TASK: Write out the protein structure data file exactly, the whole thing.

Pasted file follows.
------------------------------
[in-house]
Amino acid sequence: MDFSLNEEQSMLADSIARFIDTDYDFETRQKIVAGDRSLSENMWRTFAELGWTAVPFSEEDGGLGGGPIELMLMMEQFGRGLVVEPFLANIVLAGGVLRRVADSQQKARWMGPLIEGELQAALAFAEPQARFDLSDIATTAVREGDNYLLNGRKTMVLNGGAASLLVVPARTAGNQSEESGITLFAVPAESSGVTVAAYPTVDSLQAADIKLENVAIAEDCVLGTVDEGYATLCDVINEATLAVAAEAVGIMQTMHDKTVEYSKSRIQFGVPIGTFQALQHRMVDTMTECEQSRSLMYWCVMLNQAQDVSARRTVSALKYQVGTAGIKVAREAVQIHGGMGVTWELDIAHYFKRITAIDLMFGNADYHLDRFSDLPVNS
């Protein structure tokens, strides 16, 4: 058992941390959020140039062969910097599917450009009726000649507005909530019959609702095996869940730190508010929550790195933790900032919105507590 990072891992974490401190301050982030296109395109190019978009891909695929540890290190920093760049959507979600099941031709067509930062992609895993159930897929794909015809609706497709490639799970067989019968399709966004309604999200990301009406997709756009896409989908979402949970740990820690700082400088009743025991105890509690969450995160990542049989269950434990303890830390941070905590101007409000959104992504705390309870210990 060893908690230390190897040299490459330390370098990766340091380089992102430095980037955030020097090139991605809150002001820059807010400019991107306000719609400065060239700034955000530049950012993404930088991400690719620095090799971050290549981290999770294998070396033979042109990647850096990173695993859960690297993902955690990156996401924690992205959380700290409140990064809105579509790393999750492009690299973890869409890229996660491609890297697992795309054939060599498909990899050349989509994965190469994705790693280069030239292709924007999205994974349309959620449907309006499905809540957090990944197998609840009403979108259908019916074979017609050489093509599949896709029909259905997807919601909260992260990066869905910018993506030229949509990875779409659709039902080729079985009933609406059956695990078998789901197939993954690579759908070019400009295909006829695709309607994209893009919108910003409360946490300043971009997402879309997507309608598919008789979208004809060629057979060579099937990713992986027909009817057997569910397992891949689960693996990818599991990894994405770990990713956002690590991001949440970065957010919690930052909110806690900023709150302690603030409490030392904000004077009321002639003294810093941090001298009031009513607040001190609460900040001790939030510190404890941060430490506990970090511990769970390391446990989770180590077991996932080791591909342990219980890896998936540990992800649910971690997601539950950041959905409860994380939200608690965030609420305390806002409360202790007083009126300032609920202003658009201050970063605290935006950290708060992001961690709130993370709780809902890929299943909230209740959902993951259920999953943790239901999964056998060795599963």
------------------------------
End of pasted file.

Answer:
[in-house]
Amino acid sequence: MDFSLNEEQSMLADSIARFIDTDYDFETRQKIVAGDRSLSENMWRTFAELGWTAVPFSEEDGGLGGGPIELMLMMEQFGRGLVVEPFLANIVLAGGVLRRVADSQQKARWMGPLIEGELQAALAFAEPQARFDLSDIATTAVREGDNYLLNGRKTMVLNGGAASLLVVPARTAGNQSEESGITLFAVPAESSGVTVAAYPTVDSLQAADIKLENVAIAEDCVLGTVDEGYATLCDVINEATLAVAAEAVGIMQTMHDKTVEYSKSRIQFGVPIGTFQALQHRMVDTMTECEQSRSLMYWCVMLNQAQDVSARRTVSALKYQVGTAGIKVAREAVQIHGGMGVTWELDIAHYFKRITAIDLMFGNADYHLDRFSDLPVNS
């Protein structure tokens, strides 16, 4: 058992941390959020140039062969910097599917450009009726000649507005909530019959609702095996869940730190508010929550790195933790900032919105507590 990072891992974490401190301050982030296109395109190019978009891909695929540890290190920093760049959507979600099941031709067509930062992609895993159930897929794909015809609706497709490639799970067989019968399709966004309604999200990301009406997709756009896409989908979402949970740990820690700082400088009743025991105890509690969450995160990542049989269950434990303890830390941070905590101007409000959104992504705390309870210990 060893908690230390190897040299490459330390370098990766340091380089992102430095980037955030020097090139991605809150002001820059807010400019991107306000719609400065060239700034955000530049950012993404930088991400690719620095090799971050290549981290999770294998070396033979042109990647850096990173695993859960690297993902955690990156996401924690992205959380700290409140990064809105579509790393999750492009690299973890869409890229996660491609890297697992795309054939060599498909990899050349989509994965190469994705790693280069030239292709924007999205994974349309959620449907309006499905809540957090990944197998609840009403979108259908019916074979017609050489093509599949896709029909259905997807919601909260992260990066869905910018993506030229949509990875779409659709039902080729079985009933609406059956695990078998789901197939993954690579759908070019400009295909006829695709309607994209893009919108910003409360946490300043971009997402879309997507309608598919008789979208004809060629057979060579099937990713992986027909009817057997569910397992891949689960693996990818599991990894994405770990990713956002690590991001949440970065957010919690930052909110806690900023709150302690603030409490030392904000004077009321002639003294810093941090001298009031009513607040001190609460900040001790939030510190404890941060430490506990970090511990769970390391446990989770180590077991996932080791591909342990219980890896998936540990992800649910971690997601539950950041959905409860994380939200608690965030609420305390806002409360202790007083009126300032609920202003658009201050970063605290935006950290708060992001961690709130993370709780809902890929299943909230209740959902993951259920999953943790239901999964056998060795599963």